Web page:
• Watch the ABC’s report of the speech:

Text of Bob Hawke’s 1983 ALP Election Policy Speech.

And the first pledge I now make, a commitment which embraces every other undertaking, is that everything we do as a Government will have the one great goal – to reunite this great community of ours, to bring out the best we are truly capable of, together, as a nation, and bring Australia together to win our way through the crisis into which the policies of the past and the men of the past have plunged our country.

For the facts are there – stark and grim – for every Australian to see. Seven years of Fraserism have produced:

The highest number of Australians thrown out of work in our history; and the highest unemployment rate since the Great Depression fifty years ago. [Read more…]

Malcolm Fraser’s 1983 Federal Election Policy Speech

Prime Minister Malcolm Fraser delivered his policy speech for the 1983 Federal Election at the Malvern Town Hall on February 15, 1983.

Fraser was in his seventh year as prime minister. He had called an early double dissolution on February 3, the same day that the ALP replaced Bill Hayden as its leader with Bob Hawke.

Ten days after this speech, Fraser became Australia’s second longest-serving prime minister. He would subsequently lose this position to Bob Hawke, who would in turn lose it to John Howard.

The speech took place one day before the Ash Wednesday bushfires which swept through South Australia and Victoria. Fraser briefly suspended his campaign because of the bushfire disaster.

  • Listen to Fraser’s policy speech:

Text of Prime Minister Malcolm Fraser’s 1983 Election Policy Speech.

Australians have never had a clearer choice than at this election. It is the Liberal Party that is preserving and building a free society. It is the Liberal Party that is working to fulfil the hopes of all Australians. It is the Liberal Party alone that can keep building for the future. We govern for all Australians whether their families have lived here for generations or only a few years. We encourage all Australians to contribute their best to the best nation on earth. [Read more…]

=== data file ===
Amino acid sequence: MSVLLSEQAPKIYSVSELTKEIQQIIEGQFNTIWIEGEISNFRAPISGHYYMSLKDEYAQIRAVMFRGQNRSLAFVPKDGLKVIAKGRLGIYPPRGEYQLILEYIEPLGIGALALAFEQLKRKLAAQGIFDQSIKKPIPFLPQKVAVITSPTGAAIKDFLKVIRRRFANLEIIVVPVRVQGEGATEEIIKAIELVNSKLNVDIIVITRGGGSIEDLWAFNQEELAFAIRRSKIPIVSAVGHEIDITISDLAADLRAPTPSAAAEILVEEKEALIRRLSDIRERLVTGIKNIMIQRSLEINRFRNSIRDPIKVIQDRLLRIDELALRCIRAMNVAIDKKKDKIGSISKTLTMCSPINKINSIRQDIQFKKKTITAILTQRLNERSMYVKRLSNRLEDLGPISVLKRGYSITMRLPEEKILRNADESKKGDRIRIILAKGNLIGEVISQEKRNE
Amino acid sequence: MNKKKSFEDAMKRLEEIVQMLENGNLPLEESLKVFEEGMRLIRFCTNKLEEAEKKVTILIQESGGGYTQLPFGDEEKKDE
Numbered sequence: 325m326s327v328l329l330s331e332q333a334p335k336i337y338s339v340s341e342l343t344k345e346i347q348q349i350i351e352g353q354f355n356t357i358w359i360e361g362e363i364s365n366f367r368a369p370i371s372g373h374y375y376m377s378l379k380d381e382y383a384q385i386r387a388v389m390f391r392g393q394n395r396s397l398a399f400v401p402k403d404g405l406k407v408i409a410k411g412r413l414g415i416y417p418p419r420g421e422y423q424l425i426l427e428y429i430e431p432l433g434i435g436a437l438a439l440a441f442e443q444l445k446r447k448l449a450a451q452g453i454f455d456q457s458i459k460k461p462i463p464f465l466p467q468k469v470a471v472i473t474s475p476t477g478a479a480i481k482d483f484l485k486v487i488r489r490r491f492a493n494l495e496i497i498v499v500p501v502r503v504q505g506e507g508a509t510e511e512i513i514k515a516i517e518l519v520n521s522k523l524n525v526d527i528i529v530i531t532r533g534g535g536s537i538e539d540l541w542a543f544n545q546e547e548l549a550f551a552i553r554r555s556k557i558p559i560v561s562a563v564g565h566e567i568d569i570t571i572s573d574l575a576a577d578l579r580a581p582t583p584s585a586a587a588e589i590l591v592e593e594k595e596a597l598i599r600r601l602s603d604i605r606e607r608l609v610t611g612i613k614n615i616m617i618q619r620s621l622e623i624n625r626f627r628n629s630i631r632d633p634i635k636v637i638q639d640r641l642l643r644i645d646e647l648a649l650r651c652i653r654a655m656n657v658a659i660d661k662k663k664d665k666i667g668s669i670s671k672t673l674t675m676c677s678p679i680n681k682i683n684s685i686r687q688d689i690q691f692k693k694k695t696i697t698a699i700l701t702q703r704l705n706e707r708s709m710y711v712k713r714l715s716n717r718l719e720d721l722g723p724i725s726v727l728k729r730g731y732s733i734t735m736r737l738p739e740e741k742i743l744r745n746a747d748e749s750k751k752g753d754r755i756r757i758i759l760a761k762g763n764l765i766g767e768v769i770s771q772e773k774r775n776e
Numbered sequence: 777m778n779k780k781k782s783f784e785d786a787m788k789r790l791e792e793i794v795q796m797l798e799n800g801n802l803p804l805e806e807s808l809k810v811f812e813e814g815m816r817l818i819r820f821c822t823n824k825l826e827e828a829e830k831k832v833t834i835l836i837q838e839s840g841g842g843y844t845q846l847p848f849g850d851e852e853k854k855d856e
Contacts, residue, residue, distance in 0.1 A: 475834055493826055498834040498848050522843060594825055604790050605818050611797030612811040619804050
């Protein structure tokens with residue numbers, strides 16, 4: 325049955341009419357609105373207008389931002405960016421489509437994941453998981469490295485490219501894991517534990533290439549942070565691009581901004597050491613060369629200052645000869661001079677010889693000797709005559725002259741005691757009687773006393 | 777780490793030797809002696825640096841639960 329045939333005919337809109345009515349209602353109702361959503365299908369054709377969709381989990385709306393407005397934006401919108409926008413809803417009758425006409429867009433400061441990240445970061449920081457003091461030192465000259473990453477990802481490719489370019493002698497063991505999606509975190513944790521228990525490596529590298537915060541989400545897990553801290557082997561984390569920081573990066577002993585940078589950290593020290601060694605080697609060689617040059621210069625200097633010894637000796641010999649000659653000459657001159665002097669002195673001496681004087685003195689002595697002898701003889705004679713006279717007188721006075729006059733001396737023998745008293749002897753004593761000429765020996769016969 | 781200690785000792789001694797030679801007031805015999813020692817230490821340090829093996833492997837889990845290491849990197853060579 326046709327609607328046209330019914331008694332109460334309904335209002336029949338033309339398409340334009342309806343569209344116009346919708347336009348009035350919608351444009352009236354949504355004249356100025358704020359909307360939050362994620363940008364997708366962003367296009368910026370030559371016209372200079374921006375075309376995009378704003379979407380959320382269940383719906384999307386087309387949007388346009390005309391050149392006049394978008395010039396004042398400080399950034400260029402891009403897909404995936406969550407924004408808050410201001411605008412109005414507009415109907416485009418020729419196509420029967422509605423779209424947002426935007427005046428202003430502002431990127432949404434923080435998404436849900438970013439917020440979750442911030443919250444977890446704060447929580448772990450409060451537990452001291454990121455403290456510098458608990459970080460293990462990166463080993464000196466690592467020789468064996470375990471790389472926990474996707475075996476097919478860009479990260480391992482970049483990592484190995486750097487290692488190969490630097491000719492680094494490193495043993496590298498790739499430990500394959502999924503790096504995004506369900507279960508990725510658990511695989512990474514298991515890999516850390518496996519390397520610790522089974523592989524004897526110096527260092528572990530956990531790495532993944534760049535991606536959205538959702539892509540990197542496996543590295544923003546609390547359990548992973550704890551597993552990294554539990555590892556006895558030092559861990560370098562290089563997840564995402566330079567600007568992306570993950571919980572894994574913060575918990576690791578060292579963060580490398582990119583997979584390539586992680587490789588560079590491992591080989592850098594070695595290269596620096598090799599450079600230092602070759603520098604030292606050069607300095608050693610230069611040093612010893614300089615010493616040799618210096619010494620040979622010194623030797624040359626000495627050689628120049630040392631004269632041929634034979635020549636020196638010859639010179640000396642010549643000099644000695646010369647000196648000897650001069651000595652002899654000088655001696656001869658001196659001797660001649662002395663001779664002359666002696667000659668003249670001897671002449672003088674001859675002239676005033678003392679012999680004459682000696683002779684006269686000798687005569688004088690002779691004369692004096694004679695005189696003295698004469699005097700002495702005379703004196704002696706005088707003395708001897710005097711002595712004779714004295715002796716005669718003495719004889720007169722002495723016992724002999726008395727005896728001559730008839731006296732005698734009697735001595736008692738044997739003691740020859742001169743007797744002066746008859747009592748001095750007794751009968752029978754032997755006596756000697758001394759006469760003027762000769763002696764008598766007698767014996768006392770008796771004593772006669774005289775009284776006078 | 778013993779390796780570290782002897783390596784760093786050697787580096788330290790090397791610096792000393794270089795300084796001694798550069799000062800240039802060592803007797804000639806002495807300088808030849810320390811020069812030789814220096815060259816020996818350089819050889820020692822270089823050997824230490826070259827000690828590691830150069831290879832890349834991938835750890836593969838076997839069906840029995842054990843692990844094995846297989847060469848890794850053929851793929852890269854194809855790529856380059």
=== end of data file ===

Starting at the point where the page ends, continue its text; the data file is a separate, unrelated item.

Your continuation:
Norm Gallagher Jailed; Fraser Prepares For Policy Speech; Don Chipp’s Senate Campaign

This is Channel 7 News Melbourne from Tuesday, February 15, 1983.

The Secretary of the Builders Labourers Federation, Norm Gallagher, was jailed on this day. Look for a youngish Kevin Reynolds, decades before his run-in with Kevin Rudd.

Prime Minister Malcolm Fraser was in Melbourne, preparing for his election policy speech at the Malvern Town Hall. He appeared on talkback radio station 3AW with Derryn Hinch.

Elsewhere, Australian Democrats leader Senator Don Chipp was warning against giving Senate control to either the Coalition or Labor.

The news bulletin is read by Mal Walden, now with Channel 10.

The day after this bulletin was Ash Wednesday. Bob Hawke delivered his policy speech but bushfires were sweeping across South Australia and Victoria and the election campaign was about to pause.

The ‘Blood On Your Hands’ Interview: Bob Hawke And Richard Carleton

This is the famous ‘blood on your hands’ interview with Bob Hawke and Richard Carleton on the night Hawke became leader of the ALP.

It was Hawke’s first major television interview after becoming leader, following Bill Hayden’s resignation earlier in the day.

The interview was on the ABC’s Nationwide program. Nationwide was the successor to This Day Tonight (TDT) and the forerunner to The 7.30 Report and 7.30. [Read more…]